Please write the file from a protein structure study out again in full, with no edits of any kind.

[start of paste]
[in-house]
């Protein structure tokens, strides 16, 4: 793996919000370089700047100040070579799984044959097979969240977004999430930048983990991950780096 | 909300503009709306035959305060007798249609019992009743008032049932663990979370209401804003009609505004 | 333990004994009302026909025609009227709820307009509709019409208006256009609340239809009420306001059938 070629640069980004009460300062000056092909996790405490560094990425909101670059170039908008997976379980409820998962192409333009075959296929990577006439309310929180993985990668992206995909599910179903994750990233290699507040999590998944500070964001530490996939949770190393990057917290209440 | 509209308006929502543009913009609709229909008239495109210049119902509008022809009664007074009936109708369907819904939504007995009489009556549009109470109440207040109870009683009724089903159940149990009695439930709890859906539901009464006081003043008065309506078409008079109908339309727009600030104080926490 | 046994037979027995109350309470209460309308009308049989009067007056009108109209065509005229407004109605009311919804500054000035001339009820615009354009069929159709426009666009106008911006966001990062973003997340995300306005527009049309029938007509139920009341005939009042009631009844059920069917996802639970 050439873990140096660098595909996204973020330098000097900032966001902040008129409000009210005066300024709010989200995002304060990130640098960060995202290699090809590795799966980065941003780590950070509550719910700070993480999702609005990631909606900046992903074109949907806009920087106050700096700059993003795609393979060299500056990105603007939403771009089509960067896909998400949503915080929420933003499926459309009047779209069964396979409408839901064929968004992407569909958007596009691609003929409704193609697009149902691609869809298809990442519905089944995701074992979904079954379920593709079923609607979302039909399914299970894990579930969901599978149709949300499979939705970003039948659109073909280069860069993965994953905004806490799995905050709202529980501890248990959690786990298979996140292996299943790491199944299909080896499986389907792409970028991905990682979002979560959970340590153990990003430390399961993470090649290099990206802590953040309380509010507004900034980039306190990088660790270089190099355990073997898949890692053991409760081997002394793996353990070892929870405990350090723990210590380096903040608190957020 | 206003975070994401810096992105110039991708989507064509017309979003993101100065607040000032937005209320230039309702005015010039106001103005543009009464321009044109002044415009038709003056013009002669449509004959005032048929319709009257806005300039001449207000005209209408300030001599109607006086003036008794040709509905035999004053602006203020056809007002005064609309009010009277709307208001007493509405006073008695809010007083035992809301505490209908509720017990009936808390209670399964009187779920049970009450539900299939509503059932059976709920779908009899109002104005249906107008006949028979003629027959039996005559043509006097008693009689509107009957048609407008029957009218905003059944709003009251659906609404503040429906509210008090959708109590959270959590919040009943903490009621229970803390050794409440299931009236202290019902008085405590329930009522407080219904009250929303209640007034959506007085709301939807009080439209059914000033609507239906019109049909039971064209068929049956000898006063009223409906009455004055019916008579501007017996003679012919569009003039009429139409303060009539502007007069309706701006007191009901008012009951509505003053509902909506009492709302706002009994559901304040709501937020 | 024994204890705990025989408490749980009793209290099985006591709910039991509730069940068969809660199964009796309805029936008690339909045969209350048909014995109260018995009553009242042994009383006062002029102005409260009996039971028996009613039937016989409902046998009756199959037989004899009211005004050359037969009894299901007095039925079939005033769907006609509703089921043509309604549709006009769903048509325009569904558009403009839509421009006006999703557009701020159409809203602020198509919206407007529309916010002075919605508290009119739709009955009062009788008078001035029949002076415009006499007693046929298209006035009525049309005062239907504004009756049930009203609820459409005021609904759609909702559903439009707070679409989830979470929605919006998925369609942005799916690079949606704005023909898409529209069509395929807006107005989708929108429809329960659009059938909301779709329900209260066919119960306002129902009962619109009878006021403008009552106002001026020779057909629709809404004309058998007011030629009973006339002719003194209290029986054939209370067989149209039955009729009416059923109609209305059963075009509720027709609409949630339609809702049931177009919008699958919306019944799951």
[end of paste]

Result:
[in-house]
């Protein structure tokens, strides 16, 4: 793996919000370089700047100040070579799984044959097979969240977004999430930048983990991950780096 | 909300503009709306035959305060007798249609019992009743008032049932663990979370209401804003009609505004 | 333990004994009302026909025609009227709820307009509709019409208006256009609340239809009420306001059938 070629640069980004009460300062000056092909996790405490560094990425909101670059170039908008997976379980409820998962192409333009075959296929990577006439309310929180993985990668992206995909599910179903994750990233290699507040999590998944500070964001530490996939949770190393990057917290209440 | 509209308006929502543009913009609709229909008239495109210049119902509008022809009664007074009936109708369907819904939504007995009489009556549009109470109440207040109870009683009724089903159940149990009695439930709890859906539901009464006081003043008065309506078409008079109908339309727009600030104080926490 | 046994037979027995109350309470209460309308009308049989009067007056009108109209065509005229407004109605009311919804500054000035001339009820615009354009069929159709426009666009106008911006966001990062973003997340995300306005527009049309029938007509139920009341005939009042009631009844059920069917996802639970 050439873990140096660098595909996204973020330098000097900032966001902040008129409000009210005066300024709010989200995002304060990130640098960060995202290699090809590795799966980065941003780590950070509550719910700070993480999702609005990631909606900046992903074109949907806009920087106050700096700059993003795609393979060299500056990105603007939403771009089509960067896909998400949503915080929420933003499926459309009047779209069964396979409408839901064929968004992407569909958007596009691609003929409704193609697009149902691609869809298809990442519905089944995701074992979904079954379920593709079923609607979302039909399914299970894990579930969901599978149709949300499979939705970003039948659109073909280069860069993965994953905004806490799995905050709202529980501890248990959690786990298979996140292996299943790491199944299909080896499986389907792409970028991905990682979002979560959970340590153990990003430390399961993470090649290099990206802590953040309380509010507004900034980039306190990088660790270089190099355990073997898949890692053991409760081997002394793996353990070892929870405990350090723990210590380096903040608190957020 | 206003975070994401810096992105110039991708989507064509017309979003993101100065607040000032937005209320230039309702005015010039106001103005543009009464321009044109002044415009038709003056013009002669449509004959005032048929319709009257806005300039001449207000005209209408300030001599109607006086003036008794040709509905035999004053602006203020056809007002005064609309009010009277709307208001007493509405006073008695809010007083035992809301505490209908509720017990009936808390209670399964009187779920049970009450539900299939509503059932059976709920779908009899109002104005249906107008006949028979003629027959039996005559043509006097008693009689509107009957048609407008029957009218905003059944709003009251659906609404503040429906509210008090959708109590959270959590919040009943903490009621229970803390050794409440299931009236202290019902008085405590329930009522407080219904009250929303209640007034959506007085709301939807009080439209059914000033609507239906019109049909039971064209068929049956000898006063009223409906009455004055019916008579501007017996003679012919569009003039009429139409303060009539502007007069309706701006007191009901008012009951509505003053509902909506009492709302706002009994559901304040709501937020 | 024994204890705990025989408490749980009793209290099985006591709910039991509730069940068969809660199964009796309805029936008690339909045969209350048909014995109260018995009553009242042994009383006062002029102005409260009996039971028996009613039937016989409902046998009756199959037989004899009211005004050359037969009894299901007095039925079939005033769907006609509703089921043509309604549709006009769903048509325009569904558009403009839509421009006006999703557009701020159409809203602020198509919206407007529309916010002075919605508290009119739709009955009062009788008078001035029949002076415009006499007693046929298209006035009525049309005062239907504004009756049930009203609820459409005021609904759609909702559903439009707070679409989830979470929605919006998925369609942005799916690079949606704005023909898409529209069509395929807006107005989708929108429809329960659009059938909301779709329900209260066919119960306002129902009962619109009878006021403008009552106002001026020779057909629709809404004309058998007011030629009973006339002719003194209290029986054939209370067989149209039955009729009416059923109609209305059963075009509720027709609409949630339609809702049931177009919008699958919306019944799951």